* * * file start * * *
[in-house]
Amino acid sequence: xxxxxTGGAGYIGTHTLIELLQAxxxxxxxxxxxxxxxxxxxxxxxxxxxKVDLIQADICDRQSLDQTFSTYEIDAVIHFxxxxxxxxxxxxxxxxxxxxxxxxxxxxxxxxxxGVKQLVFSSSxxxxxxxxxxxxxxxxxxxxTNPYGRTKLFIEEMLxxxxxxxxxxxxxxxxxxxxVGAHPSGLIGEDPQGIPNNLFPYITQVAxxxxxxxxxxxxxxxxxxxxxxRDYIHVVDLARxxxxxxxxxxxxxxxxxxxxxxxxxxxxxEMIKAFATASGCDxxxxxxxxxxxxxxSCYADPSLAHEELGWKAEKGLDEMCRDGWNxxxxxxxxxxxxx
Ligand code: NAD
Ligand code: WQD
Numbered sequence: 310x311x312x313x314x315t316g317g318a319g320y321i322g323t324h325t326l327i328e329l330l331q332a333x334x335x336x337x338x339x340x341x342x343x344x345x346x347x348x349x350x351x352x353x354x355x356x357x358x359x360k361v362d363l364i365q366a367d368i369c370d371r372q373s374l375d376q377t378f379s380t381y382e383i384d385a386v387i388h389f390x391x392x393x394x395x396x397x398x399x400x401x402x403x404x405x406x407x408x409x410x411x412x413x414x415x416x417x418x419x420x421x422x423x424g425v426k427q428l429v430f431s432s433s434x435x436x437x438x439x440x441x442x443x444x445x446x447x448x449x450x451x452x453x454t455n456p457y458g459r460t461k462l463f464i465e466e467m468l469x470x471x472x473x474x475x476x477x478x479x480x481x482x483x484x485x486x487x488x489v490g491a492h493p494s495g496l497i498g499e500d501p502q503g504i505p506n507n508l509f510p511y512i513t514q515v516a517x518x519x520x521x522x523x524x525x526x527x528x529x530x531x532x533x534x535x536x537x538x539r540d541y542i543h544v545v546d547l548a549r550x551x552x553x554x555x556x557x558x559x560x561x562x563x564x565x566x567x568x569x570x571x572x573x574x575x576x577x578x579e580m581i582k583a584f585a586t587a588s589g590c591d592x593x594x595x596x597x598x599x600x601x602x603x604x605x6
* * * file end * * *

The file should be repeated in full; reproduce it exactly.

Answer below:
[in-house]
Amino acid sequence: xxxxxTGGAGYIGTHTLIELLQAxxxxxxxxxxxxxxxxxxxxxxxxxxxKVDLIQADICDRQSLDQTFSTYEIDAVIHFxxxxxxxxxxxxxxxxxxxxxxxxxxxxxxxxxxGVKQLVFSSSxxxxxxxxxxxxxxxxxxxxTNPYGRTKLFIEEMLxxxxxxxxxxxxxxxxxxxxVGAHPSGLIGEDPQGIPNNLFPYITQVAxxxxxxxxxxxxxxxxxxxxxxRDYIHVVDLARxxxxxxxxxxxxxxxxxxxxxxxxxxxxxEMIKAFATASGCDxxxxxxxxxxxxxxSCYADPSLAHEELGWKAEKGLDEMCRDGWNxxxxxxxxxxxxx
Ligand code: NAD
Ligand code: WQD
Numbered sequence: 310x311x312x313x314x315t316g317g318a319g320y321i322g323t324h325t326l327i328e329l330l331q332a333x334x335x336x337x338x339x340x341x342x343x344x345x346x347x348x349x350x351x352x353x354x355x356x357x358x359x360k361v362d363l364i365q366a367d368i369c370d371r372q373s374l375d376q377t378f379s380t381y382e383i384d385a386v387i388h389f390x391x392x393x394x395x396x397x398x399x400x401x402x403x404x405x406x407x408x409x410x411x412x413x414x415x416x417x418x419x420x421x422x423x424g425v426k427q428l429v430f431s432s433s434x435x436x437x438x439x440x441x442x443x444x445x446x447x448x449x450x451x452x453x454t455n456p457y458g459r460t461k462l463f464i465e466e467m468l469x470x471x472x473x474x475x476x477x478x479x480x481x482x483x484x485x486x487x488x489v490g491a492h493p494s495g496l497i498g499e500d501p502q503g504i505p506n507n508l509f510p511y512i513t514q515v516a517x518x519x520x521x522x523x524x525x526x527x528x529x530x531x532x533x534x535x536x537x538x539r540d541y542i543h544v545v546d547l548a549r550x551x552x553x554x555x556x557x558x559x560x561x562x563x564x565x566x567x568x569x570x571x572x573x574x575x576x577x578x579e580m581i582k583a584f585a586t587a588s589g590c591d592x593x594x595x596x597x598x599x600x601x602x603x604x605x6